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  • Seasonal Traditions: A Guide to Tea Harvest Dates
  • Amy Covey
  • Tea ChemistryTea QualityTea SourcingTea Varieties

Seasonal Traditions: A Guide to Tea Harvest Dates

Seasonal Traditions: A Guide to Tea Harvest Dates

The harvest date of a tea is one of the four main components of any tea’s identity, influencing the final flavor profile and often determining the level of quality. In many regions, tea is harvested all year round, but the differences between harvest seasons can be so great as to make a completely different tea. On the other hand, the growing conditions required for many premium teas limit output to just one or two harvests per year.

Regular readers and tea aficionados may know that spring harvested teas are often desirable for their naturally sweet flavors, but not all tea styles prioritize sweetness. Each tea has a unique set of standards for judging quality, and each has a distinct harvest season with ideal conditions for meeting those standards. Here, we’ll offer a quick overview of the teas and characteristics to expect from each harvest season.

Spring (March - May)

Though spring teas actually make up a relatively small portion of the year’s harvest, they often get the most attention. Minimally processed green and white teas are best picked as early in the spring as possible, since the first buds after winter dormancy offer the sweetest flavors, thanks to slow growth. The naturally small quantities produced during these first harvests of the year also make earlier pluckings more expensive.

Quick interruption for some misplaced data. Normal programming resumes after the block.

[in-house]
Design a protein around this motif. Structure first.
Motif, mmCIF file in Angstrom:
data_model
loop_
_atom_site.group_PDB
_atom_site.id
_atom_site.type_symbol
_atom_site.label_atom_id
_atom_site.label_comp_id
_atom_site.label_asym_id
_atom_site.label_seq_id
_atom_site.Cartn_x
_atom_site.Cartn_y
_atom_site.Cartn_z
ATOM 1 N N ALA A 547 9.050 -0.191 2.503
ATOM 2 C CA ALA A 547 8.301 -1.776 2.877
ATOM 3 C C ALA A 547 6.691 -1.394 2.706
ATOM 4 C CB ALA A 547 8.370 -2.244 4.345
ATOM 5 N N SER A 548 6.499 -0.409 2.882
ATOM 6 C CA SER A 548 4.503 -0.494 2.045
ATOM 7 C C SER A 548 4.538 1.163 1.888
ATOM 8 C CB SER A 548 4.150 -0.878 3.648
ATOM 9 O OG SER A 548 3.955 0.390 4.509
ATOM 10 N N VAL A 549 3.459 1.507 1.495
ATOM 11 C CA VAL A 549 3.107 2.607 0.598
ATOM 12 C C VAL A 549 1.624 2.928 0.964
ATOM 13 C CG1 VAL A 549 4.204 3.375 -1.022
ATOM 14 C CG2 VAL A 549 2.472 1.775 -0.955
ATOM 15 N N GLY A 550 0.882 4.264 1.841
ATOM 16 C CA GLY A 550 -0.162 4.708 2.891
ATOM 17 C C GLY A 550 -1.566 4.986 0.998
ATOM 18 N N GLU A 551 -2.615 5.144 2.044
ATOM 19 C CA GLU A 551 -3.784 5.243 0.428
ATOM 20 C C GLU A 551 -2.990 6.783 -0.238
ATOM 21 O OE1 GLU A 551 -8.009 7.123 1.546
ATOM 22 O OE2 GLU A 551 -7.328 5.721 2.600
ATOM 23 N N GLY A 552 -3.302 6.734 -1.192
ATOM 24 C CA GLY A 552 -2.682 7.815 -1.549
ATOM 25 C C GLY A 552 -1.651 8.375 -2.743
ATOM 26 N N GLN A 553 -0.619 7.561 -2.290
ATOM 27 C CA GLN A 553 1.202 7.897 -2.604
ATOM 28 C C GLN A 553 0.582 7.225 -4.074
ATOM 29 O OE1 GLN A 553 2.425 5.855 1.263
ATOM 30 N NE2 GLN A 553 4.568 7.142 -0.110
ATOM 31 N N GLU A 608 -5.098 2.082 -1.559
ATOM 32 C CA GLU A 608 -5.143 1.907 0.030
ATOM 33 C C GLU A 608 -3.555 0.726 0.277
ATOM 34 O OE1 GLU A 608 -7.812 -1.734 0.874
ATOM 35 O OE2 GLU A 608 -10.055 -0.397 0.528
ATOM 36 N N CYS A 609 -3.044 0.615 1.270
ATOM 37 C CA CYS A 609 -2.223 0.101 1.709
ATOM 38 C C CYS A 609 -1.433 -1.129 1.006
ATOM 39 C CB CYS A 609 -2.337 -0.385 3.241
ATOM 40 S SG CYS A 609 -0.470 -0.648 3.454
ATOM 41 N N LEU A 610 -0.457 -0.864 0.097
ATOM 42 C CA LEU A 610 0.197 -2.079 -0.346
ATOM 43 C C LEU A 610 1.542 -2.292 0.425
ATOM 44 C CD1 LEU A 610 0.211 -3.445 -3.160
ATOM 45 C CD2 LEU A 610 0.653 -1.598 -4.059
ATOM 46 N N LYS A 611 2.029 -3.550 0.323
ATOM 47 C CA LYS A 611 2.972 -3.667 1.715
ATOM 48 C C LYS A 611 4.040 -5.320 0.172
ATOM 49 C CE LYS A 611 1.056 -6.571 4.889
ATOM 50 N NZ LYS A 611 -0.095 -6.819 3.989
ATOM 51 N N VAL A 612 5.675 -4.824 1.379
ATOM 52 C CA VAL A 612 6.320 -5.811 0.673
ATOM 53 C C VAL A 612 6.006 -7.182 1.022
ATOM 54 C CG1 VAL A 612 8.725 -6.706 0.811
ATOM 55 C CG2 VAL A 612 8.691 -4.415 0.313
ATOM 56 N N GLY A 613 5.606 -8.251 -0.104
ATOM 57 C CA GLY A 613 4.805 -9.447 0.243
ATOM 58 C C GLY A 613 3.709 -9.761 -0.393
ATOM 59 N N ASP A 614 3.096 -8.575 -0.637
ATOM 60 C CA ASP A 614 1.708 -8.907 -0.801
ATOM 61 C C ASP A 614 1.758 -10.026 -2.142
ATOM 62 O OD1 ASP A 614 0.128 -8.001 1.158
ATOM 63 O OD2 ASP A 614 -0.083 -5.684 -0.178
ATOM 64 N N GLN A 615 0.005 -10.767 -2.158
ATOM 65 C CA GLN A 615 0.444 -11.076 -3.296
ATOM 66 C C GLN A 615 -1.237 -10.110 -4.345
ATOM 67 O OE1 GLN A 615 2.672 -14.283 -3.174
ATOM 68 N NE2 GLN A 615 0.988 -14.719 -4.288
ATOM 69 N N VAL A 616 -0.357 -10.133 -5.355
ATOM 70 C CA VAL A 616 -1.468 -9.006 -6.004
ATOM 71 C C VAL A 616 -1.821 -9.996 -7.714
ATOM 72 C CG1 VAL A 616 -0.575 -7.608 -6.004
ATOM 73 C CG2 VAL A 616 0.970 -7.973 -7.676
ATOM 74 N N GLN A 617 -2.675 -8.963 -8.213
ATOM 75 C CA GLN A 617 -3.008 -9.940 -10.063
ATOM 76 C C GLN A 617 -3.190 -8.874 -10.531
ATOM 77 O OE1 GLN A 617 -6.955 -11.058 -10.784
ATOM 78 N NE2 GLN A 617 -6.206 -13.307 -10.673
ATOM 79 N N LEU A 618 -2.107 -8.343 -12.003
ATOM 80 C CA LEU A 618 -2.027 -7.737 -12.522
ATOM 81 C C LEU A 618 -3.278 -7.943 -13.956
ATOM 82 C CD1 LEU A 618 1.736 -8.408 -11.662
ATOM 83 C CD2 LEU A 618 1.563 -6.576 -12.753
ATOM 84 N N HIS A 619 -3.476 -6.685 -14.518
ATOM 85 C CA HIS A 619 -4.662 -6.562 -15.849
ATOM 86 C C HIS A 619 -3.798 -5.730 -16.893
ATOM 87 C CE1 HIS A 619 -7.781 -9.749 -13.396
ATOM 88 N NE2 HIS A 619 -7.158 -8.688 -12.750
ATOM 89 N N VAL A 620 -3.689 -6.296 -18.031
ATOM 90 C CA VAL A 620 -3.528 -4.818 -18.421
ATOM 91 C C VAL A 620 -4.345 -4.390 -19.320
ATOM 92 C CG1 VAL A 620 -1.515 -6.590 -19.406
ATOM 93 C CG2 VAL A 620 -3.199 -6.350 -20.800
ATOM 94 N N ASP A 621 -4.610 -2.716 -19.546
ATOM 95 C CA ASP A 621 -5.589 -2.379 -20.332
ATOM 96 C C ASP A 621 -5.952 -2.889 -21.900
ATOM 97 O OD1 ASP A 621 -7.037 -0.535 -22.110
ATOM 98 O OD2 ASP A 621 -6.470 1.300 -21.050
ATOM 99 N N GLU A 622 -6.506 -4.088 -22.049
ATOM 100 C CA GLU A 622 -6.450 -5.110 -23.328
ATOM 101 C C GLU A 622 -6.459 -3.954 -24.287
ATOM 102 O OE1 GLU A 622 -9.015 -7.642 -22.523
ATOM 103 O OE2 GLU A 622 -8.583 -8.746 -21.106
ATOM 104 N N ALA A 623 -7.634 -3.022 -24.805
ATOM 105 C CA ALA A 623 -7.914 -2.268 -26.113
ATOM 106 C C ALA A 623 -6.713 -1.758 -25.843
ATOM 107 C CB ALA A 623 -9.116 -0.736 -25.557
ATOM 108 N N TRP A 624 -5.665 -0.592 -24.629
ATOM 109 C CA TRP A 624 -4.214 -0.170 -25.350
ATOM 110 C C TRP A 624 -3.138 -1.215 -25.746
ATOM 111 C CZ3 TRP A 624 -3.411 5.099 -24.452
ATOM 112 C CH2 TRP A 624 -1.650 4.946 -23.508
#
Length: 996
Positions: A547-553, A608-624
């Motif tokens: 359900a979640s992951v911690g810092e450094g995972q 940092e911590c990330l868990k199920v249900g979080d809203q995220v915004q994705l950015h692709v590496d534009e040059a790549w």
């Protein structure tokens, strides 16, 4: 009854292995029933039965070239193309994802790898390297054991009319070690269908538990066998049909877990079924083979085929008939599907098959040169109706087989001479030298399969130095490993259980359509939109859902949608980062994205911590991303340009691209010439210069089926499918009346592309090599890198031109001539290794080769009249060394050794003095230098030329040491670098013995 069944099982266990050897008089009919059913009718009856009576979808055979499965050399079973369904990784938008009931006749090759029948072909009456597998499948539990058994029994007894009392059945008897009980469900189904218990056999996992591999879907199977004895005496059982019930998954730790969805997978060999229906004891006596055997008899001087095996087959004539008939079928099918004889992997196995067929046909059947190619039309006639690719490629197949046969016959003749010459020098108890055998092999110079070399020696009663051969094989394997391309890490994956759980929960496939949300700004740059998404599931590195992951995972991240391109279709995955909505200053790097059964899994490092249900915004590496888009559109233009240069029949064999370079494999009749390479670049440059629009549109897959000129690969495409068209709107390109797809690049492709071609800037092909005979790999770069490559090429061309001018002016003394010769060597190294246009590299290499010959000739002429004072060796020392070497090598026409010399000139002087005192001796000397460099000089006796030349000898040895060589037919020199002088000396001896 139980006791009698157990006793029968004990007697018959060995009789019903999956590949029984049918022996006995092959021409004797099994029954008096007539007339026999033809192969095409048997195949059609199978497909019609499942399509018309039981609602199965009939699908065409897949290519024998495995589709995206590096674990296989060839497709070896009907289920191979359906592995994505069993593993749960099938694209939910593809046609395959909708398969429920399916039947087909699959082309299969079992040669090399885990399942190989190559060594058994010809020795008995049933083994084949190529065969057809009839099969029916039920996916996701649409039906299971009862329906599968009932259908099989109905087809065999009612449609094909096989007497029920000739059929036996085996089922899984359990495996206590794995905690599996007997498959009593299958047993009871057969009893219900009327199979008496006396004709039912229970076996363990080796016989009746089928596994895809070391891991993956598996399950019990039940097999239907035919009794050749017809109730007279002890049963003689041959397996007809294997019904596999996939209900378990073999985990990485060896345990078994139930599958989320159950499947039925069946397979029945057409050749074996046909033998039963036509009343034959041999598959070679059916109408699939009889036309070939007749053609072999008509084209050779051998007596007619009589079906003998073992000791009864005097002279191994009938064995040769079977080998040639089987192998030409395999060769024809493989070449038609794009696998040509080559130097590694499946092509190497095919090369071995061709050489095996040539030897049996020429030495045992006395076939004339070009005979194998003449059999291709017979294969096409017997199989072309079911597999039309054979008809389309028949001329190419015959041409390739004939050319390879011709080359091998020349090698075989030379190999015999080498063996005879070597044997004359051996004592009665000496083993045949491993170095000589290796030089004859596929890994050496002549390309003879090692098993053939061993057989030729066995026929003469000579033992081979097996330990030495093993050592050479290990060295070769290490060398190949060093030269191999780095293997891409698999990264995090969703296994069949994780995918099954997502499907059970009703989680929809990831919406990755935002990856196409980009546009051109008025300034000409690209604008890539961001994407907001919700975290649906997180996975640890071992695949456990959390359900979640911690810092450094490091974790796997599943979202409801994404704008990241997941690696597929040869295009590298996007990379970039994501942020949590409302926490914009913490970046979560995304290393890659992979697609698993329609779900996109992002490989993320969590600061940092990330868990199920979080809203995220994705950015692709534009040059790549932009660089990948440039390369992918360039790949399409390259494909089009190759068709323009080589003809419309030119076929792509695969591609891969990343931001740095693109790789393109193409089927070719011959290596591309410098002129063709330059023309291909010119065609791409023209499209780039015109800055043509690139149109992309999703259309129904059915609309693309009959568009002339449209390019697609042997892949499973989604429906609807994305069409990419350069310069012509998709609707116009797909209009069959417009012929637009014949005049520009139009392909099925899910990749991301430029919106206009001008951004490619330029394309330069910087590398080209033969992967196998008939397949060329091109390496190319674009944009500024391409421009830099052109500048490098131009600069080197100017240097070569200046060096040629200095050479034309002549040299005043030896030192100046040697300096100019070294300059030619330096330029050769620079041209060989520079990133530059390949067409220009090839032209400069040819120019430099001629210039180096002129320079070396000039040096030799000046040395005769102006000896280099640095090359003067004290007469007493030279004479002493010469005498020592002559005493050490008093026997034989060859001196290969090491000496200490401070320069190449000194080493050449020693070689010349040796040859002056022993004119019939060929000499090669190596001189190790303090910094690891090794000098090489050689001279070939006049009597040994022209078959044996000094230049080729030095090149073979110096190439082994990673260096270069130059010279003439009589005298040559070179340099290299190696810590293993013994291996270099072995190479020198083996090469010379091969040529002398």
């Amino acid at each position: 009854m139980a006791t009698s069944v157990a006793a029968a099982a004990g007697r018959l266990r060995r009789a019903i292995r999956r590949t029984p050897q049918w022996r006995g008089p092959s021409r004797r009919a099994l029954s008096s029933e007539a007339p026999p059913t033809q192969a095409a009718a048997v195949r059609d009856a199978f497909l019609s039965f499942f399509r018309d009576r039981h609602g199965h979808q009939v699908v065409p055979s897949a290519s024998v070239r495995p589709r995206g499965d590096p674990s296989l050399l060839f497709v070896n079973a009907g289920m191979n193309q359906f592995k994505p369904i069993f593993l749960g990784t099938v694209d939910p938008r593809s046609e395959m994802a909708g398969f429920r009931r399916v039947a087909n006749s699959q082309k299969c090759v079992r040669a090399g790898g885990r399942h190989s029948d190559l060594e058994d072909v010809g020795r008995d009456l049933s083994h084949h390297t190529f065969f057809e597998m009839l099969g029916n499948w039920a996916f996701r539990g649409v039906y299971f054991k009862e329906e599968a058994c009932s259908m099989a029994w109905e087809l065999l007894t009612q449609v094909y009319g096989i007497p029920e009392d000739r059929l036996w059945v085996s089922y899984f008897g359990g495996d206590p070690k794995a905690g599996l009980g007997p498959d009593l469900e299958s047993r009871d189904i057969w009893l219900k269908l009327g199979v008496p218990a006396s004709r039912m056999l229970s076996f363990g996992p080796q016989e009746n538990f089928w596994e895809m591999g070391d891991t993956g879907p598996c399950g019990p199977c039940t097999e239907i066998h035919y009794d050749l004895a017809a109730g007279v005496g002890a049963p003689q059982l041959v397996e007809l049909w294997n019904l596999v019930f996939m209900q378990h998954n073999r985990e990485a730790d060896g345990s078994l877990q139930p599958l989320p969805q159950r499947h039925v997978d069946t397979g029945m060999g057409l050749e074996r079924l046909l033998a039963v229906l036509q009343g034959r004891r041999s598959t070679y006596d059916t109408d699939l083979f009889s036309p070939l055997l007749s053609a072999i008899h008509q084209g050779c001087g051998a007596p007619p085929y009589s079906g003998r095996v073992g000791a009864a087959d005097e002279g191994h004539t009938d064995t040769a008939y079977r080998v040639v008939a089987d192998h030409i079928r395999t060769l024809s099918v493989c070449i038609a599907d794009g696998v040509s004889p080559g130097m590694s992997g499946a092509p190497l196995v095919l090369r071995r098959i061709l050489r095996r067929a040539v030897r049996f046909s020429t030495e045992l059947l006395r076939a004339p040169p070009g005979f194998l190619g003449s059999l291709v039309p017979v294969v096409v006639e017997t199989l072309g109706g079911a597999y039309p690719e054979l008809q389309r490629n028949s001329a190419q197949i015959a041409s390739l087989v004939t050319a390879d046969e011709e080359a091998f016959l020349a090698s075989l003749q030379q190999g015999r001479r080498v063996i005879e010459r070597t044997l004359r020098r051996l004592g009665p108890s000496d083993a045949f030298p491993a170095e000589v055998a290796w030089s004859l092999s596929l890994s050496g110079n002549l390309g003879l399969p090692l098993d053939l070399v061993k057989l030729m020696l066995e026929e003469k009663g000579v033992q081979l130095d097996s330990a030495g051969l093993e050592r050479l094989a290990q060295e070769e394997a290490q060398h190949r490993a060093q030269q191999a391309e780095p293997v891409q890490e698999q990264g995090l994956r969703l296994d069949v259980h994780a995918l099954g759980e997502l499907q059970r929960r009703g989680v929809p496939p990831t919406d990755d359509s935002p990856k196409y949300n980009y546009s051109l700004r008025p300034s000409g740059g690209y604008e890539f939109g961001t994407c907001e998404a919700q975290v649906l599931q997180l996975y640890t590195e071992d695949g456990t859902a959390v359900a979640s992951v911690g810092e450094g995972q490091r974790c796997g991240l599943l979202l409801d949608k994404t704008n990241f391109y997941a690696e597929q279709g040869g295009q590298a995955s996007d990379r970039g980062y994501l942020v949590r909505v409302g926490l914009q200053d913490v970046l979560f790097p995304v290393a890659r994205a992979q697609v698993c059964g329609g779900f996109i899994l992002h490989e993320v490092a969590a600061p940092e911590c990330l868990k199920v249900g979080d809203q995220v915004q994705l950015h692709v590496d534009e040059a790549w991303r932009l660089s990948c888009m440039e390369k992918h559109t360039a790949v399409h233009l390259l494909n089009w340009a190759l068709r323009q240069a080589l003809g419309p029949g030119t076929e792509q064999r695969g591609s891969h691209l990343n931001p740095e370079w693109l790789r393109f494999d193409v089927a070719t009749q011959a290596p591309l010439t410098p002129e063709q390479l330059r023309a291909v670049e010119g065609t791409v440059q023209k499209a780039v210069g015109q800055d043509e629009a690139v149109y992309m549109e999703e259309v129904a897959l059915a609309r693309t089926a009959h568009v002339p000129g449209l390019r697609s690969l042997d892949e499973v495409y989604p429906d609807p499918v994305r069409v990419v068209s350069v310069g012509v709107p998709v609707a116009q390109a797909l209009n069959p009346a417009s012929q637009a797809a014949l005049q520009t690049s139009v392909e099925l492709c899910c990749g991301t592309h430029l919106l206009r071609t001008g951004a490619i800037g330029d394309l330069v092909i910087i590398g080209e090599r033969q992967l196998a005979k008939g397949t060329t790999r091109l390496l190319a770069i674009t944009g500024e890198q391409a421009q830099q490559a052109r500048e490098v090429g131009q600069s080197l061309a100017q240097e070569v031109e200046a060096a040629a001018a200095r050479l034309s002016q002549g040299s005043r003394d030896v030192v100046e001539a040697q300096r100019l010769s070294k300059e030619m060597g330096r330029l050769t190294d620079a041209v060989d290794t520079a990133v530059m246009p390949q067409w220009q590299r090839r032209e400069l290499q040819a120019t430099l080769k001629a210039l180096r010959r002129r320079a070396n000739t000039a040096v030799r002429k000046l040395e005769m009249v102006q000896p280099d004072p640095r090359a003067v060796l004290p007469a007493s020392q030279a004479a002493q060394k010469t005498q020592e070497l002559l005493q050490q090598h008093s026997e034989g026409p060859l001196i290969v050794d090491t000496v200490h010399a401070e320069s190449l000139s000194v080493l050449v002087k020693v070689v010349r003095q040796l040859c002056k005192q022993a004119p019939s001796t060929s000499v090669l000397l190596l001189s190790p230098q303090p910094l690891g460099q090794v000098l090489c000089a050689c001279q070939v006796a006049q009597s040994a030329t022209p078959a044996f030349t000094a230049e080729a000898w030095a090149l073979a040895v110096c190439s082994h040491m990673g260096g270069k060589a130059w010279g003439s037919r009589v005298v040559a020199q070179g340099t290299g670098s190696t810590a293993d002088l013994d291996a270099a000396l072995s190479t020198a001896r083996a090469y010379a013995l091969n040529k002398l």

young spring buds make up the most flavorful and expensive green and white teas.

In Taiwan, oolong teas are also picked in the spring, and these harvests tend to be the most aromatic of the year. Again, the plants are emerging from a dormant winter season, and sending carbohydrates to the budding leaves to power growth. At high elevations, temperate weather slows growth even further, creating creamy textures that linger on the tongue. Here, the very first harvest of the year is not necessarily the best, as intensity of aroma and flavor depend on the amount of moisture in the leaf. Teas picked after a period of dry weather are usually the best, while teas harvested after a rain are less flavorful.

Finally, many Chinese black teas (or ‘red teas’) are made with spring buds to create a sweet and malted flavor profile. The most visually striking examples of this style are from Yunnan, and include only spring buds, which turn golden, rather than black, with oxidation. First flush teas from Darjeeling are another famous example, well known for their soft, naturally sweet flavors. But in fact, spring leaves are used to make naturally sweet black teas all over the world, with most simply referred to as “tippy” black teas.

Summer (June - August)

During the hottest part of the year, tea plants grow prolifically, and this is the season when most mass-produced teas are picked, either by hand or by machine. Unfortunately, the increased growth rate means less time for the leaves to store carbohydrates and develop complex flavor compounds, so teas harvested during these summer months are rarely considered the cream of the crop. In addition, increased threats from pests during warmer weather require the plant to produce more caffeine on average, which contributes bitterness and astringency to the brew.